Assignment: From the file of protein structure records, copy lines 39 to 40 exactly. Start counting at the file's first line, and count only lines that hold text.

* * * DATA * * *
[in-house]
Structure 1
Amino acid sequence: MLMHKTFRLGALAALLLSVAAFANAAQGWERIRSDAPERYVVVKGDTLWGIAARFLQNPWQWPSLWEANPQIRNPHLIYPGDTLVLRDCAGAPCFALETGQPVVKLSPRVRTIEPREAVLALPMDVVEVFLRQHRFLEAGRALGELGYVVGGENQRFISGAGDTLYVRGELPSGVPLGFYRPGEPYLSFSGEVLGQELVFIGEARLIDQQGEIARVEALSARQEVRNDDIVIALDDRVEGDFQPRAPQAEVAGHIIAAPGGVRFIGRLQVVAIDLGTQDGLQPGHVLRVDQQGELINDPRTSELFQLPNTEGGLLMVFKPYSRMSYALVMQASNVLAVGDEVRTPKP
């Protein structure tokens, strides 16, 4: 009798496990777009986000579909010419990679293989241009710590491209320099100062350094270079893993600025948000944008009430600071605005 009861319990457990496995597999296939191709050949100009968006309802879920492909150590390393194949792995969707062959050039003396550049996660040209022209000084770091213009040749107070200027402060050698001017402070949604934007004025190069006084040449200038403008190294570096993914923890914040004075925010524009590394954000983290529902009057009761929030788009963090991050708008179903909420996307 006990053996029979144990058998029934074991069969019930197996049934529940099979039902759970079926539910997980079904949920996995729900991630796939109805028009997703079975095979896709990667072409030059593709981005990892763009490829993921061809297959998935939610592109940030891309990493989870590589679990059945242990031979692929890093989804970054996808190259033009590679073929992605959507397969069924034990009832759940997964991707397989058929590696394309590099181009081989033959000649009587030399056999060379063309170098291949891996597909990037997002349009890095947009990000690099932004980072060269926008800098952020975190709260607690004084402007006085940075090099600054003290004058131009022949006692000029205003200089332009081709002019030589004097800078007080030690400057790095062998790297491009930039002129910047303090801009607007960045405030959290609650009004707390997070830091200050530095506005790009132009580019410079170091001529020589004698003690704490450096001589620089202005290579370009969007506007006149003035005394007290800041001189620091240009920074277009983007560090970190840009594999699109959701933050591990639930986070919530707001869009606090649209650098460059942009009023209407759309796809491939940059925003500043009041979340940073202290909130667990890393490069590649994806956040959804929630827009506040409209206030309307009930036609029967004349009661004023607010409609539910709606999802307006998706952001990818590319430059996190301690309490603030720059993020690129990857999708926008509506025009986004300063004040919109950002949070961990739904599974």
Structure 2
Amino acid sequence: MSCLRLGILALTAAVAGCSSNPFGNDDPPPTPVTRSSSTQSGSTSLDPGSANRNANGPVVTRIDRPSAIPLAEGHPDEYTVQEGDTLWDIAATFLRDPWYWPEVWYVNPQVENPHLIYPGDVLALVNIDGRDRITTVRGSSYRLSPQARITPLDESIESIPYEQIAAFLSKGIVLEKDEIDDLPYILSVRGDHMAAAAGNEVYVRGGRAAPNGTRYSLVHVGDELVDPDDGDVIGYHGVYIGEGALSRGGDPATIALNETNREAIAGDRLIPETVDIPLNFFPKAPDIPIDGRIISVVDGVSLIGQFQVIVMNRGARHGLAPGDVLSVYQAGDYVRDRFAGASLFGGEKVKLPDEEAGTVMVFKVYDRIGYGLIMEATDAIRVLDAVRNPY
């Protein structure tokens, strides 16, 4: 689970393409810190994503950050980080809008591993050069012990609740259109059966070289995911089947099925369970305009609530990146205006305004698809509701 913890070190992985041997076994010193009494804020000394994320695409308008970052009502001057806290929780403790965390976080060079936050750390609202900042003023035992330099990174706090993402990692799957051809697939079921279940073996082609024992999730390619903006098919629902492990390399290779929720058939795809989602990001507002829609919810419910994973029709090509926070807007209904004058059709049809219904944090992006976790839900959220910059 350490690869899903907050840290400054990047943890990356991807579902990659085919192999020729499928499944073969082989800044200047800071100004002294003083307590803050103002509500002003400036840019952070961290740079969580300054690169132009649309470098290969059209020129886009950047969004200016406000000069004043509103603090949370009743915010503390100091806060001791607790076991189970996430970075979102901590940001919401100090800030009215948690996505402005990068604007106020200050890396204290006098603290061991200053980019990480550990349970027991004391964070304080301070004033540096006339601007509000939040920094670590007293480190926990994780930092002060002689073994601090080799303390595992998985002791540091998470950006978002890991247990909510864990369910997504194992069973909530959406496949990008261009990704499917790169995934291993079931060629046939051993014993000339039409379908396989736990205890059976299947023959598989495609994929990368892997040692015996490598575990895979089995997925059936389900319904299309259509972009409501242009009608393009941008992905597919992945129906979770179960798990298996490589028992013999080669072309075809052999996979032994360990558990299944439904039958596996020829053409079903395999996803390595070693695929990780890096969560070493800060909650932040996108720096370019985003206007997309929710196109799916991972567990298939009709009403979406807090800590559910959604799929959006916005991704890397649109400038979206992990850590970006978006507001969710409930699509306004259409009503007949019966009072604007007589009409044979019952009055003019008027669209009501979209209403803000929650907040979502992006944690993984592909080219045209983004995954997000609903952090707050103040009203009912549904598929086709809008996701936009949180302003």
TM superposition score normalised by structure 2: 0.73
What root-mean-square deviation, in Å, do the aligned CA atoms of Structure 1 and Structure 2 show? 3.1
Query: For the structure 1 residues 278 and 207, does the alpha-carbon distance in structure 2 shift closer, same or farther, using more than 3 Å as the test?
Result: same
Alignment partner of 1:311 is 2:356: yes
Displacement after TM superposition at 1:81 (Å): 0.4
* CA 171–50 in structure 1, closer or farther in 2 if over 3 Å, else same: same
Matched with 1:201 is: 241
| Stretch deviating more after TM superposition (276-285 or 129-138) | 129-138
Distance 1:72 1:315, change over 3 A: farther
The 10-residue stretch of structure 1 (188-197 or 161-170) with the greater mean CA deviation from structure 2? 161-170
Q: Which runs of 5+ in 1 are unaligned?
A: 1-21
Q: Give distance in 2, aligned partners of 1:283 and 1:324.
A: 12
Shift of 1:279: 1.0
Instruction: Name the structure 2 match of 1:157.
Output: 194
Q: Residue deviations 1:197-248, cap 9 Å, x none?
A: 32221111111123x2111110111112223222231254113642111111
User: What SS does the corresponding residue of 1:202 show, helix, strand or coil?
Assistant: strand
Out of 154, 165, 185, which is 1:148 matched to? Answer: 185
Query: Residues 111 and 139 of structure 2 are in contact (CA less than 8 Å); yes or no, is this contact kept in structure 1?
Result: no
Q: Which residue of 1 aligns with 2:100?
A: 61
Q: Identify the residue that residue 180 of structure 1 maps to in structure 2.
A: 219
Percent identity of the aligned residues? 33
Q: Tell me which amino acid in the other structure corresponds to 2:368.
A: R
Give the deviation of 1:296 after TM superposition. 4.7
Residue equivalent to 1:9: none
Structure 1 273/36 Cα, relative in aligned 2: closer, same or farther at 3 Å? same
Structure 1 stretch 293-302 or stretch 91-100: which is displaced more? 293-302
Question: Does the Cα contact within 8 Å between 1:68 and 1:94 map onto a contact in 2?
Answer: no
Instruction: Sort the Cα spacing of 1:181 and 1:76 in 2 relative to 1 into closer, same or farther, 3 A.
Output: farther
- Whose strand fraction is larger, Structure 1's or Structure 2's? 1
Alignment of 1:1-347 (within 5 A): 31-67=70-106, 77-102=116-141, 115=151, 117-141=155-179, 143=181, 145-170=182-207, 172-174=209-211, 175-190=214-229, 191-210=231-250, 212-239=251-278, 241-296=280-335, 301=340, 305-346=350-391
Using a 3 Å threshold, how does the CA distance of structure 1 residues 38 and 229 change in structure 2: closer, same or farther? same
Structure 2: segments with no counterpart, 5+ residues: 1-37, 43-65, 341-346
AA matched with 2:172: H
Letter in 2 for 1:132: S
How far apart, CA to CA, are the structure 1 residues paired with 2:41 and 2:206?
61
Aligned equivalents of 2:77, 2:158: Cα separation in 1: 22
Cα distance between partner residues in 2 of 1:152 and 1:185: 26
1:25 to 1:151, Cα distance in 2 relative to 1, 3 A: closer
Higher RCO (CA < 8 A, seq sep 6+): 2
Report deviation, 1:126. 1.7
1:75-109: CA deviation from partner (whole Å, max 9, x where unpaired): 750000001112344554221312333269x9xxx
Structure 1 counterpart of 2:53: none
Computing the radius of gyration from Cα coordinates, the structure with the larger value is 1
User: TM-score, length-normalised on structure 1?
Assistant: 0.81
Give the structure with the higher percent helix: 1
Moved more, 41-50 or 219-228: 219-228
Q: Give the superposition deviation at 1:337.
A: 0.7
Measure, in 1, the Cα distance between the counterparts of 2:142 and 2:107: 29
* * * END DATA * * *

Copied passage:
A: R
Give the deviation of 1:296 after TM superposition. 4.7